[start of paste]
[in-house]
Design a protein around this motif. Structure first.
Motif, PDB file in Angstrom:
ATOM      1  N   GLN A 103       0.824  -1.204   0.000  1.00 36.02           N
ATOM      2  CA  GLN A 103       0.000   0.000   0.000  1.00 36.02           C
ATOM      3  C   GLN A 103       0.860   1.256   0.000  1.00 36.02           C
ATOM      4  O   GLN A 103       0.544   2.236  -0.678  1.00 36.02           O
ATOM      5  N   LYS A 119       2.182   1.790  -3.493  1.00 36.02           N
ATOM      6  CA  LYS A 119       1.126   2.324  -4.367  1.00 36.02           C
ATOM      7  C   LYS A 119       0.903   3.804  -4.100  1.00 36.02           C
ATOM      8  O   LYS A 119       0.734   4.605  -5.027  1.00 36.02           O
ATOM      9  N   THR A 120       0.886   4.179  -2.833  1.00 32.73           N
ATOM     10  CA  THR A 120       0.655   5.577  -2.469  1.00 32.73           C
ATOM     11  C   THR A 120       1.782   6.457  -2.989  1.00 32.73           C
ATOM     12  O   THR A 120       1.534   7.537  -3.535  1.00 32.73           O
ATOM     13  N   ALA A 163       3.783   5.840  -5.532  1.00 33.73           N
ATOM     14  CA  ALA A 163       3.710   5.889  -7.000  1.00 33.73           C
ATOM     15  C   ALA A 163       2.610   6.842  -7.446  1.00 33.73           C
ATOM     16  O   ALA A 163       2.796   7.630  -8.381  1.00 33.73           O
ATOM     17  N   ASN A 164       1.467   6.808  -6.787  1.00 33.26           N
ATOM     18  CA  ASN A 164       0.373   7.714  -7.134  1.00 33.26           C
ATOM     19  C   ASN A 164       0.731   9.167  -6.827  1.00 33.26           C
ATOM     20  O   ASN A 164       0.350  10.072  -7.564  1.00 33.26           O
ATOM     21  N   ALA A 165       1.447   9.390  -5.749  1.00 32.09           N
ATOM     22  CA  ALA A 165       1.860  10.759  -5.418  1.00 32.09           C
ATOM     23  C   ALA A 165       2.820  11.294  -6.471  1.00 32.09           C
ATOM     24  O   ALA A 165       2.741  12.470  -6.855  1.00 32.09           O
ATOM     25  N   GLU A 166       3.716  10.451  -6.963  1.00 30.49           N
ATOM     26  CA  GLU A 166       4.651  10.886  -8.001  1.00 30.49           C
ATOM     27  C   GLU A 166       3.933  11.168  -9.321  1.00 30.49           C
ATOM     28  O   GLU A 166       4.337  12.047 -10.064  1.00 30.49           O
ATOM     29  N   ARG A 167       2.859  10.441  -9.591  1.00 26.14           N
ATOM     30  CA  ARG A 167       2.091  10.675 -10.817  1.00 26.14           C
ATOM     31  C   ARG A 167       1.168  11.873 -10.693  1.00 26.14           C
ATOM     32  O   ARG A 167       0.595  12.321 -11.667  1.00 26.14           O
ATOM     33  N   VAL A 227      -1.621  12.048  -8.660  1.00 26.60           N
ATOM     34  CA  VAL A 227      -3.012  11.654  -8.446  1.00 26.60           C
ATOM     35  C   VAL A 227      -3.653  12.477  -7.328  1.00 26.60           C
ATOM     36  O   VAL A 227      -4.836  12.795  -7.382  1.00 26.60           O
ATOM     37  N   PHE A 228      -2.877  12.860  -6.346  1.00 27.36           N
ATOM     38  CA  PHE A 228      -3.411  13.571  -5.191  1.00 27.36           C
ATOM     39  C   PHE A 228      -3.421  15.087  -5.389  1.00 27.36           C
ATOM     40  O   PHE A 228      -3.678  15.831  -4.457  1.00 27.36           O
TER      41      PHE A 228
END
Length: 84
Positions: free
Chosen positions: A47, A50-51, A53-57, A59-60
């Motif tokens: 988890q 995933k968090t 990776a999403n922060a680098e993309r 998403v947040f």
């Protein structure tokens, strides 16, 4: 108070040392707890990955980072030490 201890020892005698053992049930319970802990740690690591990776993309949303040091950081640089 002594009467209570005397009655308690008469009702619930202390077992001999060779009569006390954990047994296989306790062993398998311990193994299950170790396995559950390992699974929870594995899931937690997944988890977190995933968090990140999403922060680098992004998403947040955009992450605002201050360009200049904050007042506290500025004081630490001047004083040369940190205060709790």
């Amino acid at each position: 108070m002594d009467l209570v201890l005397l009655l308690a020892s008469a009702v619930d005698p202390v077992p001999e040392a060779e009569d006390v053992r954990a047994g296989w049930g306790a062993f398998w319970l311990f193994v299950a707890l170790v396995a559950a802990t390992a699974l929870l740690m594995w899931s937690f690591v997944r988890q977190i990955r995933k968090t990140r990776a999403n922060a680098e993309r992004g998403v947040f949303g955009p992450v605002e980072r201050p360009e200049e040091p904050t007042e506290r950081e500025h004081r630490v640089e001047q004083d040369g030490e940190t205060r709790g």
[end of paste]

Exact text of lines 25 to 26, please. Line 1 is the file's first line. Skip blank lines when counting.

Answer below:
ATOM     22  CA  ALA A 165       1.860  10.759  -5.418  1.00 32.09           C
ATOM     23  C   ALA A 165       2.820  11.294  -6.471  1.00 32.09           C